Portrait of Elmbury | From the Slightly Foxed bookshelves

‘I have written a book which gives me much pleasure. It is a kind of full-length portrait of a small country town between the wars. The sort of life that will never come back,’ John Moore wrote to T. H. White in the summer of 1945. That book was Portrait of Elmbury, and we’re delighted to announce that it’s now available to readers again, published in a cloth-bound hardback Plain Foxed Edition. These sturdy little books, bound in duck-egg blue cloth, come in the same neat pocket format as the original SF Editions. Portrait of Elmbury is the first volume in the trilogy based on his home town that Moore wrote shortly after the Second World War, following it in 1946 with Brensham Village and in 1948 with The Blue Field.
‘Slightly Foxed is among the special, cherished delights of each season’ | New this spring

‘Slightly Foxed is among the special, cherished delights of each season’ | New this spring

Greetings, dear readers. We’re delighted to announce that the new Spring issue of Slightly Foxed (No. 73) has now left the printing press at Smith Settle and will start to arrive with readers in the UK very soon and elsewhere over the next few weeks. It ranges far and wide in the usual eclectic manner: Daisy Hay goes for a walk in Anthony Trollope’s Barsetshire • Chris Saunders considers the art of bookselling with Penelope Fitzgerald • Suzi Feay enters the strange world of Arthur Machen • Tim Pears salutes a Bosnian chronicler • Daisy Dunn visits ancient Greece with Mary Renault • Gustav Temple is unnerved by Patricia Highsmith, and much more besides . . . We hope it will provide plenty of recommendations for reading off the beaten track this spring. With it, as usual, you’ll find a copy of our latest Readers’ Catalogue, detailing new books, our backlist, recommended seasonal reading and a selection of offers and bundles.
Lark Rise | From the Slightly Foxed bookshelves

Lark Rise | From the Slightly Foxed bookshelves

Introducing the latest addition to the Slightly Foxed Editions list, No. 58: Flora Thompson, Lark Rise, published 1 March. Lark Rise – and its sequels Over to Candleford and Candleford Green – must be some of the best loved books ever written. They are unique both for the magical quality of the writing and for the background of their author. While most other countryside writers of the period were comfortably middle-class, this record of a vanishing world came from the daughter of a builder’s labourer.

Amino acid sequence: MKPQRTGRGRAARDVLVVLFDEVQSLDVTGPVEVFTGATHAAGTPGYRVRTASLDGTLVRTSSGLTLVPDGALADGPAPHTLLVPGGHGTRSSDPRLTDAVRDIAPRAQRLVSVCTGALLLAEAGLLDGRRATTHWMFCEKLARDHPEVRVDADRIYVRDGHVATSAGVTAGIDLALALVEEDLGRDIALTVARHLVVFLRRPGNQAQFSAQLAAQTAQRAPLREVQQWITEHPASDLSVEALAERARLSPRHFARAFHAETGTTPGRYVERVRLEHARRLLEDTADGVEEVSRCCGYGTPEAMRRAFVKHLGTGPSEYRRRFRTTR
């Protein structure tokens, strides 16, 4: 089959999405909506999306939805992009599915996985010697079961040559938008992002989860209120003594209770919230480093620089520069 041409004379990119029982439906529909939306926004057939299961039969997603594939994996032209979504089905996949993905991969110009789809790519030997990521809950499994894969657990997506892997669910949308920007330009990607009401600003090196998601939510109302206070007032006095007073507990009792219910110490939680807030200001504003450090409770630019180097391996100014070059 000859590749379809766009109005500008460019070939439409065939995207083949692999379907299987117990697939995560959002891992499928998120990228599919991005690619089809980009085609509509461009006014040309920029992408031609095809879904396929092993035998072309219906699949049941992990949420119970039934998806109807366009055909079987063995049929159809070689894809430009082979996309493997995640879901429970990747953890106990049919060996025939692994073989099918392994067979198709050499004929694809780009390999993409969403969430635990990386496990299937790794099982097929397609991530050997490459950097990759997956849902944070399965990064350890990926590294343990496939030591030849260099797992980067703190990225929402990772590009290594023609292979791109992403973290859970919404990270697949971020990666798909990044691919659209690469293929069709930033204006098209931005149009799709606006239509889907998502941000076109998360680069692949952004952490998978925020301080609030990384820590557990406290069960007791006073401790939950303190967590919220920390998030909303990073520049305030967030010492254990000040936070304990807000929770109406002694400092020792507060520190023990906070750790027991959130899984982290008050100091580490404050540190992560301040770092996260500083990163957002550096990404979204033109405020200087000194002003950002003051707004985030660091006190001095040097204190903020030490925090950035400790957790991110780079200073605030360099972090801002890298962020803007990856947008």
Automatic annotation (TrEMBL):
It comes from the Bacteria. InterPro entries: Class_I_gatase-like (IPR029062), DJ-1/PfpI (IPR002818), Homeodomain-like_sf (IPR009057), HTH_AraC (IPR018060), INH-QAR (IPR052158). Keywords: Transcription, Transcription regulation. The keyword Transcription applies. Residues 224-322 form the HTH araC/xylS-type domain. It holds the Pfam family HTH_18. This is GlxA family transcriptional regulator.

Still Life: Sketches from a Tunbridge Wells Childhood | Richard Cobb

Still Life: Sketches from a Tunbridge Wells Childhood | Richard Cobb

In Still Life, Richard Cobb recreates the small world of Tunbridge Wells in entrancing detail as he experienced it between the ages of 4 and 13. He leads us through the town and into the lives of the characters among whom he grew up, from the mysterious Black Widow to Baroness Olga, the town’s only victim of the Russian Revolution. At home his mother entertains her tweed-and-Jaeger-clad Bridge-playing friends while down the road in their large, dank Victorian mansion his extraordinary cousins the Limbury-Buses live their lives according to an unchanging regime of walks, rests and meals which are timed to the minute. ‘Strange and wonderful,’ wrote Hilary Spurling in the Observer when the book was first published. And indeed it is.
Collectable Classic Children’s Books | Slightly Foxed Cubs

Collectable Classic Children’s Books | Slightly Foxed Cubs

Ronald Welch’s Carey novels follow the fortunes of the same family from their involvement in the Crusades to their service in the First World War. Grippingly plotted and scrupulously researched, together they join up the dots of English history in a remarkably vivid and human way. Tomorrow marks forty years since Ronald Welch’s death and, as befits a man who held such reverence for dates, we’re commemorating this anniversary and celebrating his wonderful books. He certainly knew how to bring history alive for younger readers. You can’t finish a Welch book without having grasped such precise details as the construction of a crusader’s armour and why it was so designed, or why the longbow was crucial to the English victory at the Battle of Crécy. Most importantly they’re brilliant reads – fast-paced, colourful and imaginative, with entirely believable central characters.